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Multi-Carrier Shipping Blog

How Do I Ship Internationally?

Posted by Doug Popejoy on Jan 13, 2017 10:51:57 AM

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While sending your products overseas can drive revenue growth for your business, it can also become a big headache if you don't have an efficient shipping plan in place. So how do you make the most of your international shipping options? And how do you ensure that shipping internationally doesn't become more of a problem than it's worth?

1. Contact the Carriers

Even if you have experience with a carrier in a domestic capacity, contact multiple carriers. Whether it’s UPS, FedEx, DHL Express or the United States Postal Service, you should explore your options and evaluate what each does (or doesn't) offer. Keep in mind, however, that some carriers require you to sign an agreement for shipping internationally.

2. Pack All of Your Orders Together

Once you know your carrier, it's time to look inward at your own warehouse management operation, and how it will function most effectively. For starters, shipping your multipackage order together as a single shipment is crucial from an efficiency standpoint. This allows you to send the entire order as one shipment instead of multiple shipments.

That's because virtually all carriers charge a total shipment rate rather than individual box rates. Thus, you’ll save money if you ship this way.

3. Understand the Necessary Documents

International shipping comes with its own paperwork, including export documents, such as commercial invoices, Canada Customs Invoices, certificates of origin and Shipper's Letter of Instructions - and if your shipment is going to a NAFTA country like Mexico or Canada, you'll need a NAFTA certificate of origin.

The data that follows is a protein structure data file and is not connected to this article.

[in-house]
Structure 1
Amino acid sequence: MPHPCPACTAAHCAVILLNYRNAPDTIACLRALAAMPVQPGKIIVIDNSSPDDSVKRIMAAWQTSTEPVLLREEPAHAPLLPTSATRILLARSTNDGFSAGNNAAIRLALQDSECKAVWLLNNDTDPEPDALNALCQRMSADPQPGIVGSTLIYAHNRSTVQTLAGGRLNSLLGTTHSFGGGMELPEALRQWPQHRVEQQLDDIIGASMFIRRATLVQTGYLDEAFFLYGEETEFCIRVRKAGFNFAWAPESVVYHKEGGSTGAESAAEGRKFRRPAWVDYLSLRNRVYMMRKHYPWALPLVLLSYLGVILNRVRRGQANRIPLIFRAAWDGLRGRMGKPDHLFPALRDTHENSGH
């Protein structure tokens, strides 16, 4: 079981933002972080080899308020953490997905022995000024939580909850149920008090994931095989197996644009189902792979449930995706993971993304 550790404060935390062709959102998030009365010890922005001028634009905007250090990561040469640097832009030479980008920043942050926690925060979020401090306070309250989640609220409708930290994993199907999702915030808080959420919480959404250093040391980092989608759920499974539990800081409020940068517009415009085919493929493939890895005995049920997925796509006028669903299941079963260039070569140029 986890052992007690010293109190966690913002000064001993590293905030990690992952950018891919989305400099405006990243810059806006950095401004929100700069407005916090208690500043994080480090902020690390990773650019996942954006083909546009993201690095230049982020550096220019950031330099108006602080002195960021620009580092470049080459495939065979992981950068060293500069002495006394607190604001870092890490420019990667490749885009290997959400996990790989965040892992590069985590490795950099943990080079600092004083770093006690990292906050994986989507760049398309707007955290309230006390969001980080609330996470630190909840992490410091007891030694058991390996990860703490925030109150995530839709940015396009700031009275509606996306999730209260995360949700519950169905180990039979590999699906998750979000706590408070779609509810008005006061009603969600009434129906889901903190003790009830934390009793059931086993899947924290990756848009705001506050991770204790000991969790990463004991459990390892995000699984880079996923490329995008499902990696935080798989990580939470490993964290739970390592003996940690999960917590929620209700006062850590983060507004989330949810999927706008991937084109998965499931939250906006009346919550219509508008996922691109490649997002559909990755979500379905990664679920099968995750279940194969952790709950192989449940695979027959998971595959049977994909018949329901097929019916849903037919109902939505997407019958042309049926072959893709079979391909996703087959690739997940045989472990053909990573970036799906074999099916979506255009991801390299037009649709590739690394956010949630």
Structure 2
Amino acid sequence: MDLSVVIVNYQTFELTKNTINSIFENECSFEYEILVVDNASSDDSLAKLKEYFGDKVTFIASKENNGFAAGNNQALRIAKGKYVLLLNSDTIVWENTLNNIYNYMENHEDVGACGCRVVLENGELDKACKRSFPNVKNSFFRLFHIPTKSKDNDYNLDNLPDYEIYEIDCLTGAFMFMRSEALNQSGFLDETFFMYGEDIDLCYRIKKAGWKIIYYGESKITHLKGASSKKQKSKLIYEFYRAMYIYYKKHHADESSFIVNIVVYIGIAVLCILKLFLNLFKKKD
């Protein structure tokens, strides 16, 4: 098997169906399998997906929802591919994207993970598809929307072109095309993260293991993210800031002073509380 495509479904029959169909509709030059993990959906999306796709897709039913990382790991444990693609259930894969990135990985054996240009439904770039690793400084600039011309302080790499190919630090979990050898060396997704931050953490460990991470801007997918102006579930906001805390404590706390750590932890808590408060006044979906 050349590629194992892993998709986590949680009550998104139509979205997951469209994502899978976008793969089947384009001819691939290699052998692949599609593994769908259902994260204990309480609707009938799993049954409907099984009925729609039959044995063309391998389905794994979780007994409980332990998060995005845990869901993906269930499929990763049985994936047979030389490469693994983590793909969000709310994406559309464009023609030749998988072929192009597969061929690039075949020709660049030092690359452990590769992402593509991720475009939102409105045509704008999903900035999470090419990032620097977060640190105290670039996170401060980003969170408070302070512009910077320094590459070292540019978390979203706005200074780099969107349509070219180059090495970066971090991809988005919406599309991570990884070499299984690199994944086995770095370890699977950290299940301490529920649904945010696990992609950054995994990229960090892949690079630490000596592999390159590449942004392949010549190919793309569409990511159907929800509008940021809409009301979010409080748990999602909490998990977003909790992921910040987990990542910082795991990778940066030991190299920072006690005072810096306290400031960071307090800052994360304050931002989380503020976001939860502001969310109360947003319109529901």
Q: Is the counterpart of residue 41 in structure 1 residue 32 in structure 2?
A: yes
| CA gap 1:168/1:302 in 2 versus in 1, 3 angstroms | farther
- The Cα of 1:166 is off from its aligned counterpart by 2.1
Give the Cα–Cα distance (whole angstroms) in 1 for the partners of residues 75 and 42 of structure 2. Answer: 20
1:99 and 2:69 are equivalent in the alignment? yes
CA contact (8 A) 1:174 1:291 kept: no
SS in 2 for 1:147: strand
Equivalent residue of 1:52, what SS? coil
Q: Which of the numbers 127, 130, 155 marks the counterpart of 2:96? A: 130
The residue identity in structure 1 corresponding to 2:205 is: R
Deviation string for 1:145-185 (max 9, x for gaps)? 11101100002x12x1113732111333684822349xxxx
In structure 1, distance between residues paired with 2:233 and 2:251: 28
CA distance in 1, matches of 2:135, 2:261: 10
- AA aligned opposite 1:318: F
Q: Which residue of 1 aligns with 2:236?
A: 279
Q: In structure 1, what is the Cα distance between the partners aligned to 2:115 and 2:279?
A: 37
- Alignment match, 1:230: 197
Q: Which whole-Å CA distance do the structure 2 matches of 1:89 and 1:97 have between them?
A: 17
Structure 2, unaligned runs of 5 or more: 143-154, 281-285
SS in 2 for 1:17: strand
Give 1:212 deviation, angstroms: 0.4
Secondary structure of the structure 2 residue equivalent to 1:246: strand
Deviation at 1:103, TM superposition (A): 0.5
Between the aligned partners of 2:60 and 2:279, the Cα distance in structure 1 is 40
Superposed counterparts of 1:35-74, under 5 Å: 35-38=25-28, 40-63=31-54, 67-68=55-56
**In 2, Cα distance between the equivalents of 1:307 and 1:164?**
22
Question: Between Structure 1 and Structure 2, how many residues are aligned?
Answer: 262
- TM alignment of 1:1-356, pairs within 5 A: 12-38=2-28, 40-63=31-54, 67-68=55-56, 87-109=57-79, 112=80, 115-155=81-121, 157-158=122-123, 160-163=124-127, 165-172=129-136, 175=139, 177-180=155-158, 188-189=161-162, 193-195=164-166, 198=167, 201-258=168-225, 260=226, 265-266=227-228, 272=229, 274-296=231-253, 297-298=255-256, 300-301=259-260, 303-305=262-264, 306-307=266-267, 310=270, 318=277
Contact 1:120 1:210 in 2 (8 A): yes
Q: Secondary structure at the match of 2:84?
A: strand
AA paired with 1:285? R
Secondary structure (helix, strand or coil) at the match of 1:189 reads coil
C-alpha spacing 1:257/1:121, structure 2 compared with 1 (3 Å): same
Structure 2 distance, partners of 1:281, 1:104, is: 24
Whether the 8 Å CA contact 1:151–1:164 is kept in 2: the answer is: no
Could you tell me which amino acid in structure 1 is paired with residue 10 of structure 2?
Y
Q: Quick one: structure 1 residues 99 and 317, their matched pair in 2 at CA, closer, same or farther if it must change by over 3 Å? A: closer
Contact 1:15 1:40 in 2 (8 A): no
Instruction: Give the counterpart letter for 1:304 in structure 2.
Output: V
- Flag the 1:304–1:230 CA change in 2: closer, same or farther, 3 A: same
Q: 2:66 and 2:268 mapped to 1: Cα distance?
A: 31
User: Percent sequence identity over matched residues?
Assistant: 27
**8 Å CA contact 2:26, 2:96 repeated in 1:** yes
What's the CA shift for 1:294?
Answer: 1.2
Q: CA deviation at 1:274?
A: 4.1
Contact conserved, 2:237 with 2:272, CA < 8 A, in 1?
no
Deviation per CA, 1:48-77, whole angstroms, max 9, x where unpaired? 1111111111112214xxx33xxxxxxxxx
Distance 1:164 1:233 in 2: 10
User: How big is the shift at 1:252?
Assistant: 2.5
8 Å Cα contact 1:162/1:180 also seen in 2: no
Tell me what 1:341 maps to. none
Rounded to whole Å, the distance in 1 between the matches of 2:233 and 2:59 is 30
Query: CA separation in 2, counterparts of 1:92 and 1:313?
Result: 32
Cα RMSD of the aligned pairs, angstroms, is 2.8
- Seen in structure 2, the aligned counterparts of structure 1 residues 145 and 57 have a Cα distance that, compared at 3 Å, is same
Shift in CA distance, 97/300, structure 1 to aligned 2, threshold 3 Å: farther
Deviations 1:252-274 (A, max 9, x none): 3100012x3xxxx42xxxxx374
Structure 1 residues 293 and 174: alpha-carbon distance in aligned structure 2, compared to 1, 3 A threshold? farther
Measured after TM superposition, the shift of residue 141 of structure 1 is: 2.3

In addition, you may need a country-specific invoice instead of a standard commercial invoice – for example, an invoice that is in both English and French for a shipment entering Canada. The good news is that you can take advantage of third-party shipping software, such as InfoShip, to print the documents you need.

This software can also set up carriers to generate electronic export documents for countries that accept them, which help you automate processes, save on printing costs and reduce the paperwork packers/shipping clerks must handle. You need to print only shipping labels since the other information is sent electronically to the carrier and then to Customs for clearance.

However, if a country doesn't accept electronic trade documents, a commercial invoice or other documents can be printed instead.

4. Consider Consolidation

Contact your carrier to inquire about an international shipment consolidation program if you ship large volumes of exports. It'll improve your shipping process workflow because it allows all of your shipments to clear customs as one large shipment rather than several individual ones. (It's similar to the bundling we suggested earlier, but at a macro level.) Your consolidated shipments will then be broken down at the carrier's international hubs for local delivery.

UPS World Ease and FedEx International Priority DirectDistribution (IPD) offer these services. You can use shipping software that works with these carriers and prints out the consolidated invoices. Carriers can then transport the consolidated shipments out to the borders for customs clearance as one large shipment to save time.

5. Provide All the Necessary Information

No matter what shipping software you use, you will need to provide the right information regarding the shipment and its exact contents. This may include, but is not limited to:

  • Product's item number (SKU)
  • Product description
  • Product's country of manufacture
  • Schedule B code or harmonized tariff code
  • Quantities
  • Item values

This information is important because it must be printed on the commercial invoice or provided in the electronic international trade documents for distribution.

6. Be Aware of Required Filing Procedures

Stock keeping units (SKUs) and parts or item numbers can share the same Schedule B number. However, if the total value of a a Schedule B number in the shipment exceeds $2,500, then it must be filed with the automated commercial environment or ACE (formerly AES Direct) via the U.S. Census Bureau.

You will be assigned an internal transaction number or ITN for the shipment, which is what the U.S. Census Bureau uses for clearing customs. Your shipping software can then print this value onto shipping labels to expedite customs clearance.

Finally, Think About Automation

Again, as we said at the start, international shipping can present a lot of opportunity for businesses looking to boost their bottom line. However, you may want to think about implementing automation in your international shipping process for agility and improved efficiency. Using third-party software and keeping up-to-date with required procedures will help streamline your operations.

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Topics: warehouse, shipping costs, international shipping